The women we worked with were not only striving to meet basic needs like housing and food access but experiencing something unthinkable to many mothers: potential or actual separation from their babies and other children.
We launched Camden Delivers in the fall of 2017 to better understand the experiences and needs of pregnant people who use drugs and are at risk for maternal mortality and other adverse maternal health outcomes.
Camden has one of the highest maternal mortality rates in the country: for every 100,000 women, over 30 women die in childbirth. Through Camden Delivers, we wanted to better understand the stories behind Camden’s maternal mortality statistics.
Camden Delivers was a targeted care-management intervention: potential participants were pregnant Camden city residents with a diagnosis of substance use disorder who had visited the ER or been admitted to the hospital at least once in the previous six months. As in our Camden Core Model, Camden Delivers participants worked closely with the community health workers, nurses, social workers, and attorneys on our care team to address the barriers that were preventing them from reaching their goals.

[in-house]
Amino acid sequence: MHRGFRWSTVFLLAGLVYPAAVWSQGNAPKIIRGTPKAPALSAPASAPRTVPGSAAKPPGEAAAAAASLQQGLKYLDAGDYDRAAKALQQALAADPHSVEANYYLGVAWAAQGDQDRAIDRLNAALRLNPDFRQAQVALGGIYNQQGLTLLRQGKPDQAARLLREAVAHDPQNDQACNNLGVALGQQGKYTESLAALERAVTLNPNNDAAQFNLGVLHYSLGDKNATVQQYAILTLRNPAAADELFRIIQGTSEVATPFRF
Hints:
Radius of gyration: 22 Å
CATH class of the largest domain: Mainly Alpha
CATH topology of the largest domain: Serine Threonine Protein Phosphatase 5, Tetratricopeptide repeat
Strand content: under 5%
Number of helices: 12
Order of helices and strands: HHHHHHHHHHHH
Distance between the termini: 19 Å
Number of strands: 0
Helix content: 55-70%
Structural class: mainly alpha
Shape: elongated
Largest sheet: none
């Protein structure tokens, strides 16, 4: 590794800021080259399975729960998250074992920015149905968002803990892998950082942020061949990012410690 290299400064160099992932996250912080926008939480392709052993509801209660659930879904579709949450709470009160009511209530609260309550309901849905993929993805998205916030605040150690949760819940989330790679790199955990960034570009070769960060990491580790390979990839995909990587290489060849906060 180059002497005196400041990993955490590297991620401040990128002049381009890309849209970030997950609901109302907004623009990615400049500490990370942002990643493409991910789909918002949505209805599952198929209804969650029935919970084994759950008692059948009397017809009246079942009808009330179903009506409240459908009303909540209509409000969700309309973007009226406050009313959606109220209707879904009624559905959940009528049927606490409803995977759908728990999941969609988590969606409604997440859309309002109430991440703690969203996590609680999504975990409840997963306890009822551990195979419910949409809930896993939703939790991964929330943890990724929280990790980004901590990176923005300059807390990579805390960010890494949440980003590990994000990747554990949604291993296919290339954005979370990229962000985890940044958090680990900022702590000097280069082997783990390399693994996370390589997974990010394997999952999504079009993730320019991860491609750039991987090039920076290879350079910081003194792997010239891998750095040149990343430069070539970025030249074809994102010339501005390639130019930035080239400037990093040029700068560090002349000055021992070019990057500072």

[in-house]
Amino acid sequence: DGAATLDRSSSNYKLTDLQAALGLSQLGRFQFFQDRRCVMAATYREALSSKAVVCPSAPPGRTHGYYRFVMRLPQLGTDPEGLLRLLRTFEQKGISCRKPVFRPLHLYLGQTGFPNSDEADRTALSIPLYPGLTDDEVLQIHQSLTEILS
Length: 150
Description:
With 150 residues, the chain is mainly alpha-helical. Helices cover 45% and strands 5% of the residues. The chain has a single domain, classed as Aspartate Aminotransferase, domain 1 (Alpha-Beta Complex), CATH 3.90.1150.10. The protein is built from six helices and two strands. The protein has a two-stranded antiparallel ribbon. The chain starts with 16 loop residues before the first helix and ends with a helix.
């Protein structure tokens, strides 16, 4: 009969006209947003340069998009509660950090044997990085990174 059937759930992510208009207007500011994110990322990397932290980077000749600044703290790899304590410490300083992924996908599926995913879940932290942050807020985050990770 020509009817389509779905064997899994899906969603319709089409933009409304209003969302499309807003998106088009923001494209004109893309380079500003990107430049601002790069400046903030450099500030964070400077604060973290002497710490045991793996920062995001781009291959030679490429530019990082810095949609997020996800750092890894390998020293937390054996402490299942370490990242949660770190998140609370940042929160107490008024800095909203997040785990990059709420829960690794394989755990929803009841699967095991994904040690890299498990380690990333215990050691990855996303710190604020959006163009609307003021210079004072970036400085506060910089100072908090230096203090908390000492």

We found that for most women we worked with, their major barrier to wellness was the threat or reality of losing their children through involvement in the child welfare system. Therefore, along with coordinating referrals to behavioral health and social services, much of our care management centered around providing advocacy and support at child welfare team meetings and family court.
The Camden Delivers pilot helped us better understand how, in many cases, systems put in place to support our participants only added to the precarity and complexity of their lives. We used many of the lessons we learned in the development of Creating safe care, a toolkit designed to equip healthcare providers with the knowledge and tools they need to support pregnant and parenting people who use drugs, aiming to render reports made to child welfare services a last resort.